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12 September 2003 Studies of the spectral crosstalk in two-color IR projector systems
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In some of its infrared projection systems, the Kinetic Kill Vehicle Hardware-In-the-Loop Simulator (KHILS) facility uses two 512 x 512 Wideband Infrared Scene Projector (WISP) resistor arrays to stimulate two different camera wavebands at the same time. The images from the two arrays are combined with a dichroic beam combiner, allowing the two camera bands to be independently stimulated. In early tests it was observed that the projector bands were not completely independent. When one array was projecting, the projected pattern could be seen in the opposite camera band. This effect is caused by spectral “crosstalk” in the camera/projector system. The purpose of this study was to build a mathematical model of the crosstalk, validate the model with measurements of a 2-color projection system, and then use the model as a tool to determine the spectral characteristics of filters that would reduce the crosstalk. Measurements of the crosstalk were made in the KHILS 2-color projector with two different 2-color cameras. The KHILS Quantum Well Infrared Photodetector (QWIP) Mid-Wave (MW)/Long-Wave (LW) camera and the Army Research Laboratory HgCdTe (HCT) MW/LW camera were used in the tests. The model was used to analyze the measurements, thus validating the model at the same time. The model was then used to describe conceptual designs of new 2-color projection configurations, enabling a prediction of crosstalk in the system, and selection of filters that would eliminate the crosstalk.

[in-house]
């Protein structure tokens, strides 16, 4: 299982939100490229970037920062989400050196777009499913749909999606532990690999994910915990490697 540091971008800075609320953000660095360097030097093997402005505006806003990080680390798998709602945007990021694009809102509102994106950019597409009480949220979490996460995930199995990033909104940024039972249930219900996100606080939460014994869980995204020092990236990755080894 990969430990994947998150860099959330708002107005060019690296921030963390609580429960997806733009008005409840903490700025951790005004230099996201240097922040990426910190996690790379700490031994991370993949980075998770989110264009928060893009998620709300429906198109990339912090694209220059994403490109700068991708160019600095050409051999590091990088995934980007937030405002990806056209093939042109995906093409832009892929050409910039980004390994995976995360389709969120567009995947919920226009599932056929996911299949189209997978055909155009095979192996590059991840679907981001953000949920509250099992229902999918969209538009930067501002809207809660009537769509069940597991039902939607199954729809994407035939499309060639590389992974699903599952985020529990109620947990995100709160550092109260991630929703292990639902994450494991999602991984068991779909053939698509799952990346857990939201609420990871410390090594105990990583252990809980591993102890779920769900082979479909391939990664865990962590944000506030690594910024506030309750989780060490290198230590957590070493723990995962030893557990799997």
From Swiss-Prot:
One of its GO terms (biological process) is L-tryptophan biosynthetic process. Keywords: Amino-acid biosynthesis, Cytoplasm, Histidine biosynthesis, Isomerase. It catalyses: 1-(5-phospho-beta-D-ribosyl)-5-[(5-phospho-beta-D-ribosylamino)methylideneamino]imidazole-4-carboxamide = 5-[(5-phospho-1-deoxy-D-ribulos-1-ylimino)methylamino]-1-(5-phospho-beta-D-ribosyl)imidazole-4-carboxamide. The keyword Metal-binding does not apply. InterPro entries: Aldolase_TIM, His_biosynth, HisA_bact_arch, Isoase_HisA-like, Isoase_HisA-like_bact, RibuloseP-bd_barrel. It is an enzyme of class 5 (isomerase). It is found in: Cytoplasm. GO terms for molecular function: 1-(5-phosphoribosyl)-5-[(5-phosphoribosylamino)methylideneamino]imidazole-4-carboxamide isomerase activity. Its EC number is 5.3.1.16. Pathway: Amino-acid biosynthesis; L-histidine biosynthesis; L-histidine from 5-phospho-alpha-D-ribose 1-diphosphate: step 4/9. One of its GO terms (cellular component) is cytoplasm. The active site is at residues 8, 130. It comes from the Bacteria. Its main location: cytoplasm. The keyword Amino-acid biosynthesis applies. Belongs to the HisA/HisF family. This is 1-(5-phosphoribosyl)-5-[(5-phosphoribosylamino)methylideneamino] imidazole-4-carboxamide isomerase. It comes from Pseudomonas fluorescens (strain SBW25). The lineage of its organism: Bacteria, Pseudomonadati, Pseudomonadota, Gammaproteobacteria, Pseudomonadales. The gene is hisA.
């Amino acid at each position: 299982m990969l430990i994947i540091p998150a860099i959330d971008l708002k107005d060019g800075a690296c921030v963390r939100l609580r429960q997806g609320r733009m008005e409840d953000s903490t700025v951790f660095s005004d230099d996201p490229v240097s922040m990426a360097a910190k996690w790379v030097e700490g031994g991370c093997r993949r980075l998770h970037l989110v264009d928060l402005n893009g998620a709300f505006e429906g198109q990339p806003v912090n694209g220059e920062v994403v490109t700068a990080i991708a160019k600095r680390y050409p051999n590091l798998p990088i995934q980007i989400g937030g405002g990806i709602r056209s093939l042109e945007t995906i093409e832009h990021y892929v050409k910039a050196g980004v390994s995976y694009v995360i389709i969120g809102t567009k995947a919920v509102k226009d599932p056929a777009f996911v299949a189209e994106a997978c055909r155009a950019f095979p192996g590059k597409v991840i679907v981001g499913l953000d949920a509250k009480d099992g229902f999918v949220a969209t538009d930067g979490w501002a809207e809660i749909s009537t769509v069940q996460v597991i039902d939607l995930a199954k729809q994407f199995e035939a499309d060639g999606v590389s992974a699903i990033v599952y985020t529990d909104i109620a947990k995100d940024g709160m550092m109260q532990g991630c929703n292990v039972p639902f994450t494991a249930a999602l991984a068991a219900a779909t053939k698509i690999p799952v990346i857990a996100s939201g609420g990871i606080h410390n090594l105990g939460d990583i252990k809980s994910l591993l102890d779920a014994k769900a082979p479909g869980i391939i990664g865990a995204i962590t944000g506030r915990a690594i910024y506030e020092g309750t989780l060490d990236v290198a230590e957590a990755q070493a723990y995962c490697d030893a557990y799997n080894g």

© (2003) COPYRIGHT Society of Photo-Optical Instrumentation Engineers (SPIE). Downloading of the abstract is permitted for personal use only.
Richard Bryan Sisko, David S. Flynn, Breck A. Sieglinger, and James D. Norman "Studies of the spectral crosstalk in two-color IR projector systems", Proc. SPIE 5092, Technologies for Synthetic Environments: Hardware-in-the-Loop Testing VIII, (12 September 2003);

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